Here we are again with another group of lgbt royal wannabes. Included are a couple of spouses who, for one reason or another, were prevented from sitting beside their spouses. I never stop being surprised by the number of queer claimants and disinherited heirs to thrones past and present there have been, not to mention their spouses. There are even more to come next year.
1) Basiliskianos (pre-846- after 866); named as a possible Emperor of Byzantium, 866.
The throne of Byzantium has seen more than its fair share of dethronements, assassinations and claimants. Basiliskianos became a pawn in the power struggle between Emperor Mikhael III (840-866) and his lover and co-Emperor Basileios (c.830-886). I explain the emperors’ relationship in more detail here. Briefly, Mikhael spotted Basileios at a sporting event and became besotted with him. He later made him co-emperor.
In 866 Mikhael began to show more than a casual interest in a young courtier called Basiliskianos. After Mikhael won a chariot race Basiliskianos gave him a lot of enthusiastic praise. The emperor was wearing the imperial red boots, and he told Basiliskianos to remove them and wear them himself. This angered co-emperor Basileios and a bit of an argument ensured. Mikhael said to him “I made you emperor, and do I not have the power to create another?” He later added, “I am ready to make Basiliskianos emperor”. He never did, but the possibility was always there and it upset Basileios enough to assassinate Mikhael. There’s no record of what happened to Basiliskianos after Mikhael died.
2) Crown Princess Sun-Bin Bong (1414-after 1436); consort of the future king of Josean.
Sun-Bin was a member of the aristocratic Haeum Bong clan. In 1429 she married Crown Prince Hi Hyang of the Joseon kingdom in Korea. The marriage, however, was not a very congenial one, and it is reported that the king himself told the Crown Prince to take more interest in his new bride. It didn’t help the marriage, and it deteriorated even more when Princess Bong got angry after one of the Crown Prince’s concubines became pregnant.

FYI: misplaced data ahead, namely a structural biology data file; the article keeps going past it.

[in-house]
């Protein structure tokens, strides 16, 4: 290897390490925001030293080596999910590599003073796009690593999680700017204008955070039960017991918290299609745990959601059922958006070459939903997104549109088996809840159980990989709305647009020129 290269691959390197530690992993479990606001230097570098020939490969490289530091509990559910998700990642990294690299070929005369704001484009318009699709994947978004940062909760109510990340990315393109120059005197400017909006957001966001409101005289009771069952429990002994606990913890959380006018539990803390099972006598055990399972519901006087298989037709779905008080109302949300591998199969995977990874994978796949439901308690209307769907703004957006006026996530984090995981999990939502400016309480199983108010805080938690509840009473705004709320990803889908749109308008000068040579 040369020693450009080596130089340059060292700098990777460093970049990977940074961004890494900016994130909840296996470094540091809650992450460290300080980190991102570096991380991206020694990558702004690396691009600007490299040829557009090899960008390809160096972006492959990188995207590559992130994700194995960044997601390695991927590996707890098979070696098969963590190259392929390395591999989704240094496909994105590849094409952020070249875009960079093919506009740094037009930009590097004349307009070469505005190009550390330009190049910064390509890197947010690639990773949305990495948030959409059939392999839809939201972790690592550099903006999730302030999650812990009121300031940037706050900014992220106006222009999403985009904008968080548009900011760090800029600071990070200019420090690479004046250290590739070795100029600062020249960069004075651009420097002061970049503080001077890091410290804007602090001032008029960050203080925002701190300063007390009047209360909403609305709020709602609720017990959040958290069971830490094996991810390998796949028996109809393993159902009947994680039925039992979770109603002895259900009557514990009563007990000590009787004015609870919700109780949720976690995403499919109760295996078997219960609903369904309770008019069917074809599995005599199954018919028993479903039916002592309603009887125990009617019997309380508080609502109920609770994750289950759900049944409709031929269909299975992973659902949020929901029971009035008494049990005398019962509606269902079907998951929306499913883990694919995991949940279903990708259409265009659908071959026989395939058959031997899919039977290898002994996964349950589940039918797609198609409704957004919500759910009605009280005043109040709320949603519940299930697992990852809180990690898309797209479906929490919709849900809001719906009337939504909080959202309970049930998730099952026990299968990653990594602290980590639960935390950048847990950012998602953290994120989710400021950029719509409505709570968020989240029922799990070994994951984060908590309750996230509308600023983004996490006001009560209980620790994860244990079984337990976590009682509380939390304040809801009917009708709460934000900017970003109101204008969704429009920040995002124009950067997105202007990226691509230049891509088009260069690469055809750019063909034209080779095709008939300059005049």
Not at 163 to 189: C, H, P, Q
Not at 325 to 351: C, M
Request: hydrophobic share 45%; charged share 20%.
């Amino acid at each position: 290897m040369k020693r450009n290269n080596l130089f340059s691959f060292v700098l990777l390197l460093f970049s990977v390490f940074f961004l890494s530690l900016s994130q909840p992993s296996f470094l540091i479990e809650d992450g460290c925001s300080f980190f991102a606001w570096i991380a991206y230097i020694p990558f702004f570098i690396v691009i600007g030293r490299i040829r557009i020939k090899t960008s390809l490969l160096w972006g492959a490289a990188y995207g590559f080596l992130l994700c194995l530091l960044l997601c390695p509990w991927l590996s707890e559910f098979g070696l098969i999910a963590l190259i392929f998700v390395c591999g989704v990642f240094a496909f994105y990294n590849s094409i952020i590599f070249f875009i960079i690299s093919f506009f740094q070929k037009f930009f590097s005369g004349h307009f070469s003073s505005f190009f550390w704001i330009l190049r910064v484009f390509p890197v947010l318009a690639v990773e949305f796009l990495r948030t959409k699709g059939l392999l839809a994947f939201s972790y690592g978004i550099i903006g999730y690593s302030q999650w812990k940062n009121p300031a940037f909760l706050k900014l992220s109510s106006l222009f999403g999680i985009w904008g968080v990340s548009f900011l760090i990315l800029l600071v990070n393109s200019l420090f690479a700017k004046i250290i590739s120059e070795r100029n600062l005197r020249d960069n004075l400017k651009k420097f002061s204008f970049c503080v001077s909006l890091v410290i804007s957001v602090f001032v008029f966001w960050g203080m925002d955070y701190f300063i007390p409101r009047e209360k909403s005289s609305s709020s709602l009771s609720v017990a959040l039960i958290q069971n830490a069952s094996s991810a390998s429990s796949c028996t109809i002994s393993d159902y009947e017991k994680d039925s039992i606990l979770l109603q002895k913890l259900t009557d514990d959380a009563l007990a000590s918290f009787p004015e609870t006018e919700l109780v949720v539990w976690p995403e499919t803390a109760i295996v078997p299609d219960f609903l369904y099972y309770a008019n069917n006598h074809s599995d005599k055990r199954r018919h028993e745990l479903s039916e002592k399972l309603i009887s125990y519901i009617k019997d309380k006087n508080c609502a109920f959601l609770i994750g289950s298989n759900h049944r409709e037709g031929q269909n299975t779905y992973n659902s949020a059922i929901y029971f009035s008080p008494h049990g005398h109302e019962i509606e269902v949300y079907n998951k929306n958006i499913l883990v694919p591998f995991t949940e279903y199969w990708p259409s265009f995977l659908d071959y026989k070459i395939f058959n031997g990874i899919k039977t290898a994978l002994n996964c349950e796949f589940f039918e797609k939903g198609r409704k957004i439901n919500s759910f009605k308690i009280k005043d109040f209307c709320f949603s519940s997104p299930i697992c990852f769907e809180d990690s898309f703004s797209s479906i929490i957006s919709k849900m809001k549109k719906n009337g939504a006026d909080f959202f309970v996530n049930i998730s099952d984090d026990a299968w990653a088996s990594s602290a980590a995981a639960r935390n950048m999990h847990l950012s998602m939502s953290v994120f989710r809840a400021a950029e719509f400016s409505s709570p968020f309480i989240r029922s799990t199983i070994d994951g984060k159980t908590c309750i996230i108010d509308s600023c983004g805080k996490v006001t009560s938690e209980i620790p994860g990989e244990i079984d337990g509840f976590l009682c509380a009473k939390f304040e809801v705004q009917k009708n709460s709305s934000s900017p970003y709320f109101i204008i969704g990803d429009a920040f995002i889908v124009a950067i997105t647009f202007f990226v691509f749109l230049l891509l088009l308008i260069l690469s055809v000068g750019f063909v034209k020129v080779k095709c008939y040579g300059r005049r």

Another stumbling block in the marriage was Princess Bong’s habit of giving clothes from the royal wardrobe to her own family. But what really put an end to the marriage, and any chance of her sitting on the Korean throne with her husband in the future, was her blatant over-friendliness towards her female servants, in particular a maid with whom she confesses to having been intimate with on more than one occasion.
This was too much for the king and he banished Sun-Bin Bong from court, annulled the marriage, and reduced her to the rank of commoner. As with Basiliskianos above, there’s no real record of what happened to her after that.
|Coat of arms the Mervyn, Earl of Castlehaven|
3) Mervyn Tuchet, 2nd Earl of Castlehaven (1594-1631); consort of the legal heir to King Henry VIII of England.
Before the 1701 Act of Settlement defined the order of succession to the British throne it was sometimes decided by the last will of the previous monarch. King Henry VIII’s will of 1546 decreed that after the extinction of his own descendants the throne should pass to descendants of his younger sister, not his elder sister as would have been the case under primogeniture rules.
After the last of Henry VIII’s children, Queen Elizabeth I, died in 1603 the heir to the throne under his will was Lady Anne Stanley (1580-1647), who should have become Queen Anne. However, parliament decided to ignore the will and gave the throne to the primogeniture heir, the gay King James VI of Scotland. Some people considered Anne to be the rightful monarch though she never pressed her claim.
It is Anne’s second husband, the Earl of Castlehaven, who is our lgbt royal wannabe. Their marriage was disastrous. I wrote about it several years ago and it is best to read about it here because it’s a bit complicated. Thankfully, the whole sordid affair ended in 1631 when the earl was executed and he never got the chance to be the prince consort to the lawful (under King Henry’s will) queen of England.
|Coat of arms of the Pinces Sanguszko-Lubartowicz|
4) Prince Janusz Sanguszko-Lubartowicz (1712-1775); bloodline heir of King Harold II of England.